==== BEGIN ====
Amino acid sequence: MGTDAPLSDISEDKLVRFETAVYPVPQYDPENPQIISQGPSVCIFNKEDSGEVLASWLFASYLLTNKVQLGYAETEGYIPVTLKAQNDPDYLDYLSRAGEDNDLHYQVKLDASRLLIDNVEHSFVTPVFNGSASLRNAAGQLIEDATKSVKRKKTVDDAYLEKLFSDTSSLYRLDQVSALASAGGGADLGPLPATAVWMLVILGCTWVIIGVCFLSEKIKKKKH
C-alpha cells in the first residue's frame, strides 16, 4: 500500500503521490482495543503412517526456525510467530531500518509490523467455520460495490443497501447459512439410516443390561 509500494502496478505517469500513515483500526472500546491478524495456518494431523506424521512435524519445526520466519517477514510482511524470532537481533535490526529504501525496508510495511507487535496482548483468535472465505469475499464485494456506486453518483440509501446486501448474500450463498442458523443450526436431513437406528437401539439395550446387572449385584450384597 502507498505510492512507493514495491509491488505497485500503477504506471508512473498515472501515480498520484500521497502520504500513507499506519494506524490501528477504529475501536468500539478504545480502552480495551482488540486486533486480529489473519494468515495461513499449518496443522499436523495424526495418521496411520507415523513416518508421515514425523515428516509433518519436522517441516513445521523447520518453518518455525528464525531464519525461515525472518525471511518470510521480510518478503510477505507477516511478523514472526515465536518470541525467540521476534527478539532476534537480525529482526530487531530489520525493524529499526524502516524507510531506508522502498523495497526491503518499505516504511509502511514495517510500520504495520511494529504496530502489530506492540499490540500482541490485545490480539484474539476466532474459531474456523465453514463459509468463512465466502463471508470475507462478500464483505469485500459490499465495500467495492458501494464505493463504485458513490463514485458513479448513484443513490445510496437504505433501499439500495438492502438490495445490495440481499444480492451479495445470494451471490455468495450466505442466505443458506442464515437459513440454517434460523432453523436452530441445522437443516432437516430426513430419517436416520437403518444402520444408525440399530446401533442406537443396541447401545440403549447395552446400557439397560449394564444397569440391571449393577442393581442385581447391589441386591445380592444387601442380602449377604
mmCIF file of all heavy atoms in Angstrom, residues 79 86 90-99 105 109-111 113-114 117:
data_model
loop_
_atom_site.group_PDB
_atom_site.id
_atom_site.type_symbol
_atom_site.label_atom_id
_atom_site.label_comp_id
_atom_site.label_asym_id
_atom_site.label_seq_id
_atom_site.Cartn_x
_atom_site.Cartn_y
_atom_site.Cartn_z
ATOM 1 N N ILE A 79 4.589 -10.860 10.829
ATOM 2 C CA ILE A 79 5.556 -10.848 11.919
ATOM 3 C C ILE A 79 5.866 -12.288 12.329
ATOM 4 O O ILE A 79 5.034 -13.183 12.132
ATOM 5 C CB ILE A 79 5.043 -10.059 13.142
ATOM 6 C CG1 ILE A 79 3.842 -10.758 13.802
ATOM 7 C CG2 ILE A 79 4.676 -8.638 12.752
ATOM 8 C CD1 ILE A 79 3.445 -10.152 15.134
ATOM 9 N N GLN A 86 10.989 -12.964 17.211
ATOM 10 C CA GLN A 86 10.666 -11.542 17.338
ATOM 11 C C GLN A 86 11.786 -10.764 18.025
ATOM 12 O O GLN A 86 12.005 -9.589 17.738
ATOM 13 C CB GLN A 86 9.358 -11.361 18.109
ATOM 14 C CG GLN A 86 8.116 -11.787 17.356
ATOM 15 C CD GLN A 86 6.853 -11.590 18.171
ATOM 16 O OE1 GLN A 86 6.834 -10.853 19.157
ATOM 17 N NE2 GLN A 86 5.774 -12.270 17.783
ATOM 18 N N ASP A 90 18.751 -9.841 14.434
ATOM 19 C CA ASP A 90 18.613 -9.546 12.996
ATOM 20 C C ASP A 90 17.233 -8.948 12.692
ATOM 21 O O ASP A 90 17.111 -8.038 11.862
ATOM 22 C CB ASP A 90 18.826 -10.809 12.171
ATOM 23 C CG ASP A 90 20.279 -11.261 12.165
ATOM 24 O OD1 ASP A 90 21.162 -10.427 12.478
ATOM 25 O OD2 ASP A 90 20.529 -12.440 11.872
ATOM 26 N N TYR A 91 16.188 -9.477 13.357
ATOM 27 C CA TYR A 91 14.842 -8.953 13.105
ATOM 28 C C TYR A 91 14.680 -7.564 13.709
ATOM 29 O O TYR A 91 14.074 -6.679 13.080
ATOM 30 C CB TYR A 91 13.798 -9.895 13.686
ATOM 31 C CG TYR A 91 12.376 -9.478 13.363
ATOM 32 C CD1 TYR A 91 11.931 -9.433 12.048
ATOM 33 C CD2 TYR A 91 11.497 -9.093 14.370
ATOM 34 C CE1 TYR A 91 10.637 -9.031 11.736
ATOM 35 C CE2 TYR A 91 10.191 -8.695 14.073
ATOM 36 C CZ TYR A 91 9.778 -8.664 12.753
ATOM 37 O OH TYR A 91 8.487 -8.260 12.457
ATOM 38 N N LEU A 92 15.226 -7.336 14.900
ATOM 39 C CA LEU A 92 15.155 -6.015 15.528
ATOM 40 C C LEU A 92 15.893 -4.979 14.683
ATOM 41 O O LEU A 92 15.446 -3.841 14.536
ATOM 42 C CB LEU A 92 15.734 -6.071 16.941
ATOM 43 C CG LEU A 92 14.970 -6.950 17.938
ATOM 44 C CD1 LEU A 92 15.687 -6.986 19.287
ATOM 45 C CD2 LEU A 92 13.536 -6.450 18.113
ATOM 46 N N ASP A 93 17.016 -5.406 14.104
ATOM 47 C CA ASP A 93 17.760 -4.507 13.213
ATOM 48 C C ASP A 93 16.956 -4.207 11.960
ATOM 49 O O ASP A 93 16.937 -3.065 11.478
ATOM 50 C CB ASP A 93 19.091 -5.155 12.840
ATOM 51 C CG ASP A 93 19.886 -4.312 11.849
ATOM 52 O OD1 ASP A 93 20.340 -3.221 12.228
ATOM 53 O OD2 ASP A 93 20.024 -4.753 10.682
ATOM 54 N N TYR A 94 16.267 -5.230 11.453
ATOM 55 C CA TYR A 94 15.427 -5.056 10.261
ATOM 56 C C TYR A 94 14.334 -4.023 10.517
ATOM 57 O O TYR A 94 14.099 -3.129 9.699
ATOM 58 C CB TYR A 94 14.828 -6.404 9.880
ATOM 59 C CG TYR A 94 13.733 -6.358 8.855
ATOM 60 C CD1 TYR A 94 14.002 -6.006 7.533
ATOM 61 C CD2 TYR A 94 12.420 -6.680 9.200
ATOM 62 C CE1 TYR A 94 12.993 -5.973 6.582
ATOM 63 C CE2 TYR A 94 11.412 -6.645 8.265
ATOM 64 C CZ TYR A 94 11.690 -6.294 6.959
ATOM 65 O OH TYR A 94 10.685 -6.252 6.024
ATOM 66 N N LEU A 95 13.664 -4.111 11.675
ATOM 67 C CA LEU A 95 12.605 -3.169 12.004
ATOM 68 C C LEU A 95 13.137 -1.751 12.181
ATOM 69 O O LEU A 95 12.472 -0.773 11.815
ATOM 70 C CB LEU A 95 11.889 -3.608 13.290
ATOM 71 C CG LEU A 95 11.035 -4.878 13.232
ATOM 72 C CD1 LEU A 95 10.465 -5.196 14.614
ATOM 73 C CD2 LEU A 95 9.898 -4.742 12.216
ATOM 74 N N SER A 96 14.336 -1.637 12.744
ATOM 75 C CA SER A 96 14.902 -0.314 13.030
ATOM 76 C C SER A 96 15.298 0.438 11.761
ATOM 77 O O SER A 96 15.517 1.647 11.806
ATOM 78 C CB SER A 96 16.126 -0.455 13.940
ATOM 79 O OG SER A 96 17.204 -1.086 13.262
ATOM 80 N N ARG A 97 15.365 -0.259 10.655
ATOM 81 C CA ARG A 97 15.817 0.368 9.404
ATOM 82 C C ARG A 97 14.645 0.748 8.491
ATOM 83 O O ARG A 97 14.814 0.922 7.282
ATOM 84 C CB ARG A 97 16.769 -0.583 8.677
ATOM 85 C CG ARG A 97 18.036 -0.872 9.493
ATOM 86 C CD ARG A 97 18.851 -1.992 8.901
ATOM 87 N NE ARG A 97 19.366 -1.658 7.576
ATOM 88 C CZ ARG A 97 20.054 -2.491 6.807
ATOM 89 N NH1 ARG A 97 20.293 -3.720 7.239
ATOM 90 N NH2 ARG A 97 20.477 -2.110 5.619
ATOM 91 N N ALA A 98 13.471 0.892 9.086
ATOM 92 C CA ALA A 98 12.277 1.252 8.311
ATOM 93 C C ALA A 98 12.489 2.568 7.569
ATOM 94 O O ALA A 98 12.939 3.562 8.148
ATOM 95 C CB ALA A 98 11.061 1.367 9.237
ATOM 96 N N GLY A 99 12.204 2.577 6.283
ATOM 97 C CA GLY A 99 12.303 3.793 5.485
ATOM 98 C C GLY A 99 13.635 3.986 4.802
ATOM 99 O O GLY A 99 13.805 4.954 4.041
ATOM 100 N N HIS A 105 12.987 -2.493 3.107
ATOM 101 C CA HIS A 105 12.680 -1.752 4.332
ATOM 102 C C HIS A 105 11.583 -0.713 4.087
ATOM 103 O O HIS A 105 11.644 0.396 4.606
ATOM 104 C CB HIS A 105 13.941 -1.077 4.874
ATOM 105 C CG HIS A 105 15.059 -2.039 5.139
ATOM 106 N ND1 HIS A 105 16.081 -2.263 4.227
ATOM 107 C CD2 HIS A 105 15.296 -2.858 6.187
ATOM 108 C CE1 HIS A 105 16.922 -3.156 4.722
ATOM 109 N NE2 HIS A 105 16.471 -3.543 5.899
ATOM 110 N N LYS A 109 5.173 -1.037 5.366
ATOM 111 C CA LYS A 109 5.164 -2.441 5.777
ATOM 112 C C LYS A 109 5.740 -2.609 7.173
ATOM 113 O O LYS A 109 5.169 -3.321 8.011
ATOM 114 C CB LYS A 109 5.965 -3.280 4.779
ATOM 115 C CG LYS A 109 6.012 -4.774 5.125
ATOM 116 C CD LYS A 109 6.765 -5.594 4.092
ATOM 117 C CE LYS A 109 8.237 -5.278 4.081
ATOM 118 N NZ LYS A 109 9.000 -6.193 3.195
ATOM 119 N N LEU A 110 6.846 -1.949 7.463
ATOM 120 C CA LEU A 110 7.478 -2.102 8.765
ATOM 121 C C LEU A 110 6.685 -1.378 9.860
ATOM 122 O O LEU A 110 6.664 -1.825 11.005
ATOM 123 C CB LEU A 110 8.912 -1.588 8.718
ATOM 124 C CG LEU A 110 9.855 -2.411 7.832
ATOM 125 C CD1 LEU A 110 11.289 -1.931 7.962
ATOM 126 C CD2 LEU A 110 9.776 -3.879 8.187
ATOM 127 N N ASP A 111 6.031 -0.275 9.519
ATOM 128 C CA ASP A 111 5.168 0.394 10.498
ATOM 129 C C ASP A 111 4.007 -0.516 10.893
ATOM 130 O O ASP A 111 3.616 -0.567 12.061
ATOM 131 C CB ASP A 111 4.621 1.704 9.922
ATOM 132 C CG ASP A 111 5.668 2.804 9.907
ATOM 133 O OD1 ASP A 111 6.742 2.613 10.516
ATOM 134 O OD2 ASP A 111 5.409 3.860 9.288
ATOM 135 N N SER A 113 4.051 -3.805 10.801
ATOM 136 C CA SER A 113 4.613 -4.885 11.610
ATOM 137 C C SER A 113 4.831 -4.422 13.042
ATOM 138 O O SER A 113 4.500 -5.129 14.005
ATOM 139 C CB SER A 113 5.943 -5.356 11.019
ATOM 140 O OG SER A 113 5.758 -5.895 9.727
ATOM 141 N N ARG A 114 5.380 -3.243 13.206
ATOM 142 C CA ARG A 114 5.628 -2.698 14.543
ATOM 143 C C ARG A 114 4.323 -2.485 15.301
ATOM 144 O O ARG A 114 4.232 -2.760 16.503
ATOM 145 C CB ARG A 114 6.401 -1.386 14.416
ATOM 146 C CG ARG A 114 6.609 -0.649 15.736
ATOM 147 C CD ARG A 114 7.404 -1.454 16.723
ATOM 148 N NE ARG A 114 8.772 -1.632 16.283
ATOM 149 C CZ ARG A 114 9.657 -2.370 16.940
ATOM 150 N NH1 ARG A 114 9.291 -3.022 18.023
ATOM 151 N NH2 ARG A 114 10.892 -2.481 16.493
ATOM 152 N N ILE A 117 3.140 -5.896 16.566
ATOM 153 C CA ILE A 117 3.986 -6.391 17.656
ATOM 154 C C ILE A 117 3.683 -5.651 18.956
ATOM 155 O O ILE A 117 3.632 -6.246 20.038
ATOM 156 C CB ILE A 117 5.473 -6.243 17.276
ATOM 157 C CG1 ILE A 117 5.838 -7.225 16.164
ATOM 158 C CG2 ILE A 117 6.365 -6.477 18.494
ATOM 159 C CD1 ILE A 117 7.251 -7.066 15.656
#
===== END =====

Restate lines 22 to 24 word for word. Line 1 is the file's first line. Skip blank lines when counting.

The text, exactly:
ATOM 7 C CG2 ILE A 79 4.676 -8.638 12.752
ATOM 8 C CD1 ILE A 79 3.445 -10.152 15.134
ATOM 9 N N GLN A 86 10.989 -12.964 17.211